As you get closer to the end of your working life, you’ll start thinking about what to do after you’ve finished up. What occupies your mind may come down to how ready you feel and what you’ve achieved through your life.
More often than not, people are focused on acquiring assets, not protecting them.
But, partnerships can break down and some people may even challenge your estate after you die. A financial planner may be able to advise on the ownership of possessions, structuring your assets and getting the right insurance in place.
As your career or business progresses, it’s likely you’ll be earning more
It’d be very stressful to enter your pre-retirement phase with a multitude of large debts still outstanding. Financial planners are experts at developing strategies to eliminate debt through the management of investments, setting up debt repayment plans, estate planning and more. They’re also there to keep you motivated and make sure you get that debt down.
Helping your kids
As you begin considering retirement, there’s a likelihood you’ll want to help your kids with their financial challenges. A financial planner may be able to help you understand how you could help your children on the path to their financial independence while simultaneously avoiding the pitfalls of financially rescuing your children or lending money you can’t afford.
Review your insurances
Now that you’re closer to retirement and your assets are higher, debts are lower and your children are more financially independent, it’s a good time to review your insurance needs.
A financial planner can help you determine the right types of cover for your stage of life.
Wills and trusts
If you have a healthy amount of money and assets, you may want to express your love by giving some of that money to your children, grandchildren or even a cause you believe in. A financial planner might help connect you to the right legal people to draft wills and get estate planning under way.
Preparing a retirement plan
Depending on the complexity of your finances, it may be difficult to get complete transparency on how much you’ll need to enjoy your retirement, especially a retirement that’s comfortable for you. A financial planner may be able to help you develop an understanding of whether you’re on track to achieving the retirement you want.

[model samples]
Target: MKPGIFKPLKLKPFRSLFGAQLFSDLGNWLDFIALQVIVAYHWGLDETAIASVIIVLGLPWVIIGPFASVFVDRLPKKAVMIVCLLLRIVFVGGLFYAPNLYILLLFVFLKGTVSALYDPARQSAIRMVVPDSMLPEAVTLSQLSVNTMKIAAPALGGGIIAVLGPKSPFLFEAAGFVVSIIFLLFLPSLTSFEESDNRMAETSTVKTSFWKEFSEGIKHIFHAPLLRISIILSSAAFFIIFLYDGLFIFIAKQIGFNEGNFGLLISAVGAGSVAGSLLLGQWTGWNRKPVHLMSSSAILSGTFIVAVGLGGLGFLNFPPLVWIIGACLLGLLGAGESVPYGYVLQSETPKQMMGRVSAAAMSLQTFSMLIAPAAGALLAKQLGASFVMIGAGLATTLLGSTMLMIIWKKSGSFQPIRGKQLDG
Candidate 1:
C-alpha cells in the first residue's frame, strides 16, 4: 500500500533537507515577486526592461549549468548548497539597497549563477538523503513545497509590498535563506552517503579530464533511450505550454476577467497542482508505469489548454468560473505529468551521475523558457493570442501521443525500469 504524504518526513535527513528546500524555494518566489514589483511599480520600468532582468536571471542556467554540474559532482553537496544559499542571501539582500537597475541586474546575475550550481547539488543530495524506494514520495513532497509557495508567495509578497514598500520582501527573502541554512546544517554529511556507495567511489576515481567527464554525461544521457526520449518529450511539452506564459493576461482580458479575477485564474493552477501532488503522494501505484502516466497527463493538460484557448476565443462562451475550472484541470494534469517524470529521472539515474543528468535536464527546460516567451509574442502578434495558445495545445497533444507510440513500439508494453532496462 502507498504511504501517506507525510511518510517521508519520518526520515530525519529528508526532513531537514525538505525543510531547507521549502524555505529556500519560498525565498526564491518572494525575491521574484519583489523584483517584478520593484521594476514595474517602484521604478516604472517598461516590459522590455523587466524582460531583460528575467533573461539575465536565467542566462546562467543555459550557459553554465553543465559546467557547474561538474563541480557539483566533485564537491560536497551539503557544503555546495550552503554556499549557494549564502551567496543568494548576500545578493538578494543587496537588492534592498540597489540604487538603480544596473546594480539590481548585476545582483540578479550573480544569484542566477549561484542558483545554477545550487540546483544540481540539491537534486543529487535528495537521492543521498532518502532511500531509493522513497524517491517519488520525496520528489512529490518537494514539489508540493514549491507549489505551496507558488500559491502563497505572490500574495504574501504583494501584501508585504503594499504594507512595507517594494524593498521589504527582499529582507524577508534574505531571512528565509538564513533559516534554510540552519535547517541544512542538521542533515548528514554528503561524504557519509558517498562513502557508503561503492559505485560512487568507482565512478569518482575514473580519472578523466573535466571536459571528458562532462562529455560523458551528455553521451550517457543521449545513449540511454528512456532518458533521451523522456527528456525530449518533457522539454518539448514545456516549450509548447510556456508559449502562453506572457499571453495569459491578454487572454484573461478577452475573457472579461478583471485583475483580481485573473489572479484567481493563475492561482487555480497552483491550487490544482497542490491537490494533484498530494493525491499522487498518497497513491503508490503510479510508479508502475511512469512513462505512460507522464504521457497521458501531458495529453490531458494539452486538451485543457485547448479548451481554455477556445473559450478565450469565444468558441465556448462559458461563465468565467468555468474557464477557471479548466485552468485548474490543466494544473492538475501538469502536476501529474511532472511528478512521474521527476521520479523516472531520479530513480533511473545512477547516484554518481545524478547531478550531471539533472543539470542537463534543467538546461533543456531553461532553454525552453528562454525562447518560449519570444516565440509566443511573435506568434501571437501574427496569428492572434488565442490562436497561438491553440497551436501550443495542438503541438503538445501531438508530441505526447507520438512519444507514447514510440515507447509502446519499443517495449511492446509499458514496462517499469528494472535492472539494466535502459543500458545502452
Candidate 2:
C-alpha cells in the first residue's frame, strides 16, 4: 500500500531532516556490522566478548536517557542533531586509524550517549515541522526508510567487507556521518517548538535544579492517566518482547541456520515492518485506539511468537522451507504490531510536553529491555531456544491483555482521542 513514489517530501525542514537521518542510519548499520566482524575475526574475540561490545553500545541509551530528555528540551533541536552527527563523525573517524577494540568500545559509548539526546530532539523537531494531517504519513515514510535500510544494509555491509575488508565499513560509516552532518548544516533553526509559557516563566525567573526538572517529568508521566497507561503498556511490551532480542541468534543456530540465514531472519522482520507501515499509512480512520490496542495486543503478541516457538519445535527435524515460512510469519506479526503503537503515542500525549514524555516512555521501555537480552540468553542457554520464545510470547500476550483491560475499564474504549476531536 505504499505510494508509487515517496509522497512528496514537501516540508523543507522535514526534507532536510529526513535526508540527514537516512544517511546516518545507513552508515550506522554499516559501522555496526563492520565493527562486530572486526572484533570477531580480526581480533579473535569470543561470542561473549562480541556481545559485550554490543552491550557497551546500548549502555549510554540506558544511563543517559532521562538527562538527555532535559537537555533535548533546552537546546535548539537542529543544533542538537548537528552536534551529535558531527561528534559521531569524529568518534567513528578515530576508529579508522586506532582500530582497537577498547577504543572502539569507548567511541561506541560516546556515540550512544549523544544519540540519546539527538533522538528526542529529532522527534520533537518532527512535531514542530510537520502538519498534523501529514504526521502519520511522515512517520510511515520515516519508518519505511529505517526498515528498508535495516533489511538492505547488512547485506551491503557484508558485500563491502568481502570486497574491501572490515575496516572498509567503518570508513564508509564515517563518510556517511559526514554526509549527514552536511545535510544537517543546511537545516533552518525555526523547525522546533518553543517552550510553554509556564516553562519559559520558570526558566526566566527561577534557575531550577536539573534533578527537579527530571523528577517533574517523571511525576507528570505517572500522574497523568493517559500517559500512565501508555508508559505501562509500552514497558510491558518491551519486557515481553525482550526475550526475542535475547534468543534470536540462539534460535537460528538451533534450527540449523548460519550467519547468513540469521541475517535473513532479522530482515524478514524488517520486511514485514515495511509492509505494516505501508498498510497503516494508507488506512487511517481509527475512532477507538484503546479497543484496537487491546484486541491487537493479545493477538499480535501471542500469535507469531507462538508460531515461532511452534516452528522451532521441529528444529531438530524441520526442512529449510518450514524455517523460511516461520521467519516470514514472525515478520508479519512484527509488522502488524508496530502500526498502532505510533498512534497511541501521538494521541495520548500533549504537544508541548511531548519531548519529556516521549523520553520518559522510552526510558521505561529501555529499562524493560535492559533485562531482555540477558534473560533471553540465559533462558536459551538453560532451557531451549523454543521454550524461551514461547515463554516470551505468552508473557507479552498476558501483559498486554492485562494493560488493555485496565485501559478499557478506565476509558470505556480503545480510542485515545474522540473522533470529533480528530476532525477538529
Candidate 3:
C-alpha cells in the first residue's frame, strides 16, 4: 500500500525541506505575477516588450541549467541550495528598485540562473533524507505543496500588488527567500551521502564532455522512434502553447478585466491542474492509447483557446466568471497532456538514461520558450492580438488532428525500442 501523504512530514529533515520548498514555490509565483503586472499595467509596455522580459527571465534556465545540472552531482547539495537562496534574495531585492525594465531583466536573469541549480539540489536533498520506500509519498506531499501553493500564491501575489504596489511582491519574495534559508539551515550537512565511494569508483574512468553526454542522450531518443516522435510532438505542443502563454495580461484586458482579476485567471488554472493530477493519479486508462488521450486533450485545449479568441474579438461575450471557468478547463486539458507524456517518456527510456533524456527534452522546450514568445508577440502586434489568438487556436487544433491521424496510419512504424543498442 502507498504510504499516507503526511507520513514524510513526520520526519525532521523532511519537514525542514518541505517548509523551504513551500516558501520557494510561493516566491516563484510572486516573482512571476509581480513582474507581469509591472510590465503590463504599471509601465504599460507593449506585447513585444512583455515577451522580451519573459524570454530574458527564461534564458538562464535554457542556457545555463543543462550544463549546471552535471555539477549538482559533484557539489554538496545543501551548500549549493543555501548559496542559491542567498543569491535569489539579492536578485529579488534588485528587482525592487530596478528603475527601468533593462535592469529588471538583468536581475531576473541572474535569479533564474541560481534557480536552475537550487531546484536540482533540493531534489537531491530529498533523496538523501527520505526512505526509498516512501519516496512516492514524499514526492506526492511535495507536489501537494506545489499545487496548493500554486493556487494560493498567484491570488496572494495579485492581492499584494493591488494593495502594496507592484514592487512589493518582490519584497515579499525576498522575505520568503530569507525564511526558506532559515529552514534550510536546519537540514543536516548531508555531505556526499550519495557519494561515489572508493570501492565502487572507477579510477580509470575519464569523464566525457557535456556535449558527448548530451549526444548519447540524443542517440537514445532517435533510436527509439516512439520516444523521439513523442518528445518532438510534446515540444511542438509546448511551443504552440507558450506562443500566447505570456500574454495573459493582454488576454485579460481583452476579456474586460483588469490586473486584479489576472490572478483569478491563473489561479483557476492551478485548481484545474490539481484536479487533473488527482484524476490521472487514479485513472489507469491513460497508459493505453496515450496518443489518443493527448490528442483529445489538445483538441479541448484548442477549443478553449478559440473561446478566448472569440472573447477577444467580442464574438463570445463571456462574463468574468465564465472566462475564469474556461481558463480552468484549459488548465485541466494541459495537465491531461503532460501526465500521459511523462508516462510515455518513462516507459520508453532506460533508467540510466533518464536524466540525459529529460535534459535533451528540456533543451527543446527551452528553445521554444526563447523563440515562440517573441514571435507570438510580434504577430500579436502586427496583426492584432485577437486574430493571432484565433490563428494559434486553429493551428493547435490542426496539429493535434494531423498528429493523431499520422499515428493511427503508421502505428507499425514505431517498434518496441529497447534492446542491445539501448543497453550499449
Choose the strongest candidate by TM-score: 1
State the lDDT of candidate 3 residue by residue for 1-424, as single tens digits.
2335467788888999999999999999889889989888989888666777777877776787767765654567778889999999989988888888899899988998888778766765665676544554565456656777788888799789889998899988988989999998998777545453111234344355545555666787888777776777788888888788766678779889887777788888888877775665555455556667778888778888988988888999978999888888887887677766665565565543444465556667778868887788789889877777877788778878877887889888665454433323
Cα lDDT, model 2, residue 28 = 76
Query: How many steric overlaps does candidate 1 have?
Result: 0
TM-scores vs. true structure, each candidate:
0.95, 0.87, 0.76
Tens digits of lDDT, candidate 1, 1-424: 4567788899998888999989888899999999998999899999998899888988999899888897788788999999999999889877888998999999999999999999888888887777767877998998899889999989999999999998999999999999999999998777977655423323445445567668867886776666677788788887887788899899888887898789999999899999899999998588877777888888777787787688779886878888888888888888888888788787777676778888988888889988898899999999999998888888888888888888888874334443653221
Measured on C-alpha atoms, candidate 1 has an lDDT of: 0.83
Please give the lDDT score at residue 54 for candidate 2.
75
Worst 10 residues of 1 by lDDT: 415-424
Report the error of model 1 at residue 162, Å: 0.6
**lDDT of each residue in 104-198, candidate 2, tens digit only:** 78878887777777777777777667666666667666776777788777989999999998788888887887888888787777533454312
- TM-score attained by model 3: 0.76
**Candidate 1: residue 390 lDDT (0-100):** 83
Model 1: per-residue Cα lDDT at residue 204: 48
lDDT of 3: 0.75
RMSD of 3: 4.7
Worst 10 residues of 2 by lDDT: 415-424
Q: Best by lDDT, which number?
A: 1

It’s time to let go, have some fun and live your best life. Travel the world and see the sights you’ve never seen. Indulge in hobbies or find new ones. Enjoy spending time with your family. You might even want to give some of your wealth away.
Aged care planning
No longer want to live in your own home? A financial planner might help make your transition to aged care a smooth one. They may help you to have the lifestyle you want while minimising both entry and ongoing expenses. They may also get you thinking about how your decisions can impact your age pension eligibility.
If you’ve done well, your trips away won’t be weekend affairs. They might be lengthier holidays that could last weeks or even months. A financial planner can help you understand how much you can afford to spend on travel so you can go on that trip of a lifetime.
Inheritance tax mitigation
In Australia, we don’t have inheritance tax. Assets passed down are exempt. However, what is passed down can impact a family member’s financial position and in turn, impact the taxes they pay. A financial planner may help clarify the tax implications on additional income, capital gains from asset sales and super inheritances.
Gifting your family
With plenty of cash and assets, you may be considering giving some money to family members. A financial planner may be able to discuss the impacts it will make on you, the possible emotional impacts on your family and the limited circumstances by which the Australian Tax Office can tax these gifts.
Having worked so hard to earn what you have, it’s only natural to want to preserve those earnings as much as possible. A financial planner may help you decide on fixed interest strategies that limit volatility while simultaneously providing high levels of liquidity moving forward.
Estate planning is more than just putting a will together. It’s about working out what you want to have happen to your assets and affairs when you pass, but also who takes charge if, for whatever reason, you can no longer make decisions. A financial planner may be able to guide your decisions, help you understand the tax that may be payable on a death benefit paid out of your super fund, connect you with estate lawyers and more.
When you retire, a variety of Centrelink benefits may become available to you. A financial planner may be able to help you develop a deeper awareness of these benefits as well as the best way to structure your income and assets so you can make the very most out of any of the benefits available to you.
A few more facts about financial advice
Survey-based research conducted in 2014 showed that✓ Investors who received advice over four to six years accumulated 69% more assets than those individuals who had no advice.
✓ Investors who received advice over 15 Years accumulated 290% more assets than other comparable households.
Source: The Gamma Factor and the Value of Financial Advice (Aug 2016) Cirano